Short answer: No. Longer answer: Some areas of the US are better prepared for an enormous earthquake than other areas. From what I've read, Seattle is better prepared than Portland, and LA and SF are better prepared than Seattle. Oregon State University has retrofitted some of its older buildings, and new buildings are constructed under much stronger codes, but if the anticipated 9+/-0.5 Cascadia quake were to occur today, or even in the next few years to decades, while classes were in session, the destruction and death here would be unimaginable.
And probably the best answer: it's always possible to be better prepared. The spur for this post is an editorial piece in the NYT this afternoon titled "Are We Prepared for an 8.8 Quake?" Short essays by seismologists and engineers outline their concerns and ways we can better prepare for the inevitable. So far, there are three, but the introduction says they will be adding more as the day goes on. Good reading. As I've said before, I think about this possibility frequently. There are things individuals can do to raise their chances. However, I think it's also important to keep a certain fatalistic nonchalance about it at the same time. As John Maynard Keynes famously said, "In the long run, we're all dead." I repost this clip to illustrate the point that there are some things that are going to be devilishly difficult to deal with. That doesn't mean we shouldn't try, but we should keep our expectations relistic. Note that this is a simulated 7; a 9 would be a thousand times more energetic.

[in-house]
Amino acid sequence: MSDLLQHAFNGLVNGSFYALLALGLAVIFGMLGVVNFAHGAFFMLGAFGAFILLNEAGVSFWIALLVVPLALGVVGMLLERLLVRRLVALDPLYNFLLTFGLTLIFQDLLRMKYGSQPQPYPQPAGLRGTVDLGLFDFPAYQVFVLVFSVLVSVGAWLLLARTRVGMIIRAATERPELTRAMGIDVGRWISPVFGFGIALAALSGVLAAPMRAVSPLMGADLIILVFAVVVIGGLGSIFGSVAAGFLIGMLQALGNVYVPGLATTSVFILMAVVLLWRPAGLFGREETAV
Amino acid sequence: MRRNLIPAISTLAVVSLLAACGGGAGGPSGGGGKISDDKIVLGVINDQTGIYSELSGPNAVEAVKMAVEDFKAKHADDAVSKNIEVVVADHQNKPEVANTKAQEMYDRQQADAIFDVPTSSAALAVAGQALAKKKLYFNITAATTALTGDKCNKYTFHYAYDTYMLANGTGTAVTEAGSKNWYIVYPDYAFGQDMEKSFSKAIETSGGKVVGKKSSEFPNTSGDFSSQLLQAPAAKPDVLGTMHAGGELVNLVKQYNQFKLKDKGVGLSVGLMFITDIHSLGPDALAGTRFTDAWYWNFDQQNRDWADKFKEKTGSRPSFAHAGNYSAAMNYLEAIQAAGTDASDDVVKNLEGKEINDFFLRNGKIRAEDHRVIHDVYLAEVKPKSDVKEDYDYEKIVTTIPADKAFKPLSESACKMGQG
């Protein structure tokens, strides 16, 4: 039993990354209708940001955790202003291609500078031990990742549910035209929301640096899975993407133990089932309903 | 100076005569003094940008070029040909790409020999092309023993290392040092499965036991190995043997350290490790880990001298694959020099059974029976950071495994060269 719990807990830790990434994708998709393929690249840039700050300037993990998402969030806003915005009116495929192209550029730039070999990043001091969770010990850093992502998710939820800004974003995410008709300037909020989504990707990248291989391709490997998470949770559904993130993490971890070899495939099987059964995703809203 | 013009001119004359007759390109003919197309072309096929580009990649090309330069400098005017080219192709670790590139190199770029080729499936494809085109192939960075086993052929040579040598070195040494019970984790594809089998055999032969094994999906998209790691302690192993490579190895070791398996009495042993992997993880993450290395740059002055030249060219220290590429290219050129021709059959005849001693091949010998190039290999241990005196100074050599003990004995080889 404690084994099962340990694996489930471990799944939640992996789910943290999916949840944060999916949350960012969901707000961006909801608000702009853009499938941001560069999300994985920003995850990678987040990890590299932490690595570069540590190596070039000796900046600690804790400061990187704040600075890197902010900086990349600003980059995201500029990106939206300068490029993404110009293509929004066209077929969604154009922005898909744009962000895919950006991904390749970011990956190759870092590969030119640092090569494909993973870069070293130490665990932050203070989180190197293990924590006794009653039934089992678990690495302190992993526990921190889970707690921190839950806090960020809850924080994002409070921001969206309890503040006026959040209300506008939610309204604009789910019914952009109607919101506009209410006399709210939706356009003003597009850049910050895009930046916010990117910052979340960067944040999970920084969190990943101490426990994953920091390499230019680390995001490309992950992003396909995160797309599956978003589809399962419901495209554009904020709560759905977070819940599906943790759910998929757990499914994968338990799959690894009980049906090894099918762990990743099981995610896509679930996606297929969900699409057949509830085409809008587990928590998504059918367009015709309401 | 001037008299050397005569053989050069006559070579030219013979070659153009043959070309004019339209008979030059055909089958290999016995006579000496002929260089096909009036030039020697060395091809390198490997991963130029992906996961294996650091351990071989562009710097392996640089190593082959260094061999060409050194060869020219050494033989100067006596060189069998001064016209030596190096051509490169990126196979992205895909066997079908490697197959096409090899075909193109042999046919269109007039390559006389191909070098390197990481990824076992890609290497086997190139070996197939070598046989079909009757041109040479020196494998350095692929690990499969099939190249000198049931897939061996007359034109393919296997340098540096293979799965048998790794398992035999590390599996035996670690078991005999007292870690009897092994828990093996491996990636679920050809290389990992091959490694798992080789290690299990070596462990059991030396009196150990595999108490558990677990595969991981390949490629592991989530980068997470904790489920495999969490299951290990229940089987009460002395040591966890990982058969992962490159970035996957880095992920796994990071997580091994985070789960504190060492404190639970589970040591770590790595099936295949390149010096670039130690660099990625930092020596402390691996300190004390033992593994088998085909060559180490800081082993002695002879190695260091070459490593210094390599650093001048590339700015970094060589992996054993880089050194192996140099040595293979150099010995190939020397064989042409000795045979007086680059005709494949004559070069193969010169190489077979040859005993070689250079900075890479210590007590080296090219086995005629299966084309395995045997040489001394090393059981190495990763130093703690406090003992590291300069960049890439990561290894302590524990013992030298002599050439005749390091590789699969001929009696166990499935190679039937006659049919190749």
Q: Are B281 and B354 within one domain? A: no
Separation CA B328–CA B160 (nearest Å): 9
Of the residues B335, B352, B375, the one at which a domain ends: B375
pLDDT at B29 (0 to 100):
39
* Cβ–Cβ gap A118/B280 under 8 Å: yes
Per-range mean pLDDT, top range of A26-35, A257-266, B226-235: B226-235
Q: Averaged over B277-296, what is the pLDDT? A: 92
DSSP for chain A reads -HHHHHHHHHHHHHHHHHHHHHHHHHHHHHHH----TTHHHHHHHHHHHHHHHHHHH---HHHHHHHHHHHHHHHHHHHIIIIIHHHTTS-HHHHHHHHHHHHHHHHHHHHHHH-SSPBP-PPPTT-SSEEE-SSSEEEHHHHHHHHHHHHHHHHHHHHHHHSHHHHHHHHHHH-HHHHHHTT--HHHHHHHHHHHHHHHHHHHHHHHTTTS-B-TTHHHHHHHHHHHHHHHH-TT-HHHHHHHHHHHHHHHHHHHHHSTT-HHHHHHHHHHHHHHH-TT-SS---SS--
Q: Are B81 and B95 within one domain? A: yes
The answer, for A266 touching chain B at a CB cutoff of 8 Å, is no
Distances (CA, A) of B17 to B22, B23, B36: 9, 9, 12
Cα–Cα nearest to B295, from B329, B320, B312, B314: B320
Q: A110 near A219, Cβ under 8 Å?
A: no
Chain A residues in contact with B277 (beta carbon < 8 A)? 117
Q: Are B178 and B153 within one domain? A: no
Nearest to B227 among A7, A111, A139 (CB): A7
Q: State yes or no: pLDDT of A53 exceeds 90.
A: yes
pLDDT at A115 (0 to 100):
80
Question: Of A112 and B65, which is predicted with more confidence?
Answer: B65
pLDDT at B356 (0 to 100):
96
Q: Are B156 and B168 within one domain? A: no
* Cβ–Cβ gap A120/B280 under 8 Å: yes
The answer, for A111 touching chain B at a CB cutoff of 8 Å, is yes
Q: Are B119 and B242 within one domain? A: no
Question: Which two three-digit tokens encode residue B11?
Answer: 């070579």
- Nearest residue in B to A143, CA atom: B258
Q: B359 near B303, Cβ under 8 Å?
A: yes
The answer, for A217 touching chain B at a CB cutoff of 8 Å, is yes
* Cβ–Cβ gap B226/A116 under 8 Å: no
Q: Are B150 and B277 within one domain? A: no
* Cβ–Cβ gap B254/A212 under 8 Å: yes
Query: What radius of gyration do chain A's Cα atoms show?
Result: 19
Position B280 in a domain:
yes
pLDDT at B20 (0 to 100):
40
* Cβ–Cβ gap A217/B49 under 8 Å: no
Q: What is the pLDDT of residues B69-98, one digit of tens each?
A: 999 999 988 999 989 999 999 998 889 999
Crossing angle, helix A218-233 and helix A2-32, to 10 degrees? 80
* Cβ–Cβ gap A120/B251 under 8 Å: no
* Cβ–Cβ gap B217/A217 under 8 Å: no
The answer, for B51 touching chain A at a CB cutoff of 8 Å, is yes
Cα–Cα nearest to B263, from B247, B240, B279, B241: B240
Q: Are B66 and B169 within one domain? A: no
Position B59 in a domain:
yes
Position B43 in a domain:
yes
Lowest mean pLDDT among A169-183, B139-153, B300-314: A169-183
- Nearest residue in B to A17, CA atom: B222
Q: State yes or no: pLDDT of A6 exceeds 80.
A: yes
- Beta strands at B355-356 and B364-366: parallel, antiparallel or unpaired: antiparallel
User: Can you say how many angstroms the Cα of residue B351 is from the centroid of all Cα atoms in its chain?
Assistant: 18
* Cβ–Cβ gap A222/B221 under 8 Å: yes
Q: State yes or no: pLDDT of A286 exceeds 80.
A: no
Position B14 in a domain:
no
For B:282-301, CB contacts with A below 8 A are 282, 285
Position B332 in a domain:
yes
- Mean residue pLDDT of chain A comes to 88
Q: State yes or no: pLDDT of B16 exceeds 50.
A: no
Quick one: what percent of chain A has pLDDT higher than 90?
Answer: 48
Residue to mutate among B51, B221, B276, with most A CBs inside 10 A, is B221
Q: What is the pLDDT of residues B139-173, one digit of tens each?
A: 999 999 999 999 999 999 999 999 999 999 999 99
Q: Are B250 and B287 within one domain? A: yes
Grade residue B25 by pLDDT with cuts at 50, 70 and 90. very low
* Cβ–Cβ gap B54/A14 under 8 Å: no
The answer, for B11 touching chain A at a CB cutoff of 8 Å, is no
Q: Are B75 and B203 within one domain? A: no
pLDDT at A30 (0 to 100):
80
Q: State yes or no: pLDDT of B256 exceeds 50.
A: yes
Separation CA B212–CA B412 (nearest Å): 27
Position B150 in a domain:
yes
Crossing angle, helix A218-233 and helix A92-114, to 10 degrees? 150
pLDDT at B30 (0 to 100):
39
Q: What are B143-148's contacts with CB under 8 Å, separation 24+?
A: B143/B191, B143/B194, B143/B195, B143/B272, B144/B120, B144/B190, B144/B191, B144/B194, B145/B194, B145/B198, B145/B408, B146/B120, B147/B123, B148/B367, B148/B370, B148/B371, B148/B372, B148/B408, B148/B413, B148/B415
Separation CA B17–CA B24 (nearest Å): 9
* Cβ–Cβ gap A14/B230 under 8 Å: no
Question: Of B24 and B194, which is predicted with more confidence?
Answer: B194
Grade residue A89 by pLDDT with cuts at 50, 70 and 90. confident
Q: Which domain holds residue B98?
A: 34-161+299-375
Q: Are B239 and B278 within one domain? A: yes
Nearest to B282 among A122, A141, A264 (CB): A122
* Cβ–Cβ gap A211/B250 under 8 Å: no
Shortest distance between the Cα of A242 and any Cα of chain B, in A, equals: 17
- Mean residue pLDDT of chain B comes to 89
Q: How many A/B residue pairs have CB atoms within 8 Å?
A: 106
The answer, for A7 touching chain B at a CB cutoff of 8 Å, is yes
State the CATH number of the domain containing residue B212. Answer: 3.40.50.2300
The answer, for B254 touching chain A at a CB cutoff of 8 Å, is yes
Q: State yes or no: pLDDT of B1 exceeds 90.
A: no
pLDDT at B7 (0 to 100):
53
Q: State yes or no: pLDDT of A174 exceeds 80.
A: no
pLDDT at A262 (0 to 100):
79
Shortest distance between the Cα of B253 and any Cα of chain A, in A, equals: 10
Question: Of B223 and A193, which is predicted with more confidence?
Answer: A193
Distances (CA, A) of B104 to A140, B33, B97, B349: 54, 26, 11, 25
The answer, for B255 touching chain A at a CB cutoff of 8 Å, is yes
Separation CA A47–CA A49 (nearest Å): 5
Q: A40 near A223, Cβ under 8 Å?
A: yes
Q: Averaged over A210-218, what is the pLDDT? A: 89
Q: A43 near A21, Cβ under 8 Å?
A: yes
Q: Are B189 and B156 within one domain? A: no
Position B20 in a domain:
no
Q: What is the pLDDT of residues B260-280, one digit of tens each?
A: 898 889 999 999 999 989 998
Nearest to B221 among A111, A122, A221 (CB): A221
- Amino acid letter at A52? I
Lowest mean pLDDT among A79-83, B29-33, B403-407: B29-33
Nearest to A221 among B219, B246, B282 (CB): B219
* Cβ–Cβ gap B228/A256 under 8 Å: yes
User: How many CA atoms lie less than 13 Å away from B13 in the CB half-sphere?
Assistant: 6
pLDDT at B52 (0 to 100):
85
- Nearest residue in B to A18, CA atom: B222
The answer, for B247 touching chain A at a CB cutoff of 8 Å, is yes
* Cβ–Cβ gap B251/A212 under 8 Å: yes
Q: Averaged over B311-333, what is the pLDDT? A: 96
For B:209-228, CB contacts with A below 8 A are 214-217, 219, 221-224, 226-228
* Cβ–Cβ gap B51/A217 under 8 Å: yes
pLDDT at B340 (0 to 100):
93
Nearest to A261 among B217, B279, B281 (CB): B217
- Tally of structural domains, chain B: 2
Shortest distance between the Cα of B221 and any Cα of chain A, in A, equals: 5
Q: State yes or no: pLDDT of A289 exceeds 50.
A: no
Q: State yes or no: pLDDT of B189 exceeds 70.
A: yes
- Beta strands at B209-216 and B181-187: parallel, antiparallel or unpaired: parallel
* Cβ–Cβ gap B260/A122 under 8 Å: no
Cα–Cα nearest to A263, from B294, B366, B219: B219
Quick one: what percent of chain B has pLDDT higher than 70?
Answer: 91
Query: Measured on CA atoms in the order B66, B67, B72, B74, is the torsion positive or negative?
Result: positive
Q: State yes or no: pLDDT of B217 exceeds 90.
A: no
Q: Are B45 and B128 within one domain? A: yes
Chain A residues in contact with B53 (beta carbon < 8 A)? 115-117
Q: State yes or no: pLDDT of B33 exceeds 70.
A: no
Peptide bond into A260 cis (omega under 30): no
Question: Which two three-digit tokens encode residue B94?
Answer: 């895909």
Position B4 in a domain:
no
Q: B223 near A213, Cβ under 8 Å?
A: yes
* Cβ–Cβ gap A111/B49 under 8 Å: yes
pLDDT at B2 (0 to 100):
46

Followup: Andrew Revkin on his Dot Earth blog at NYT says much the same thing.
Is This Your Hat?
2 years ago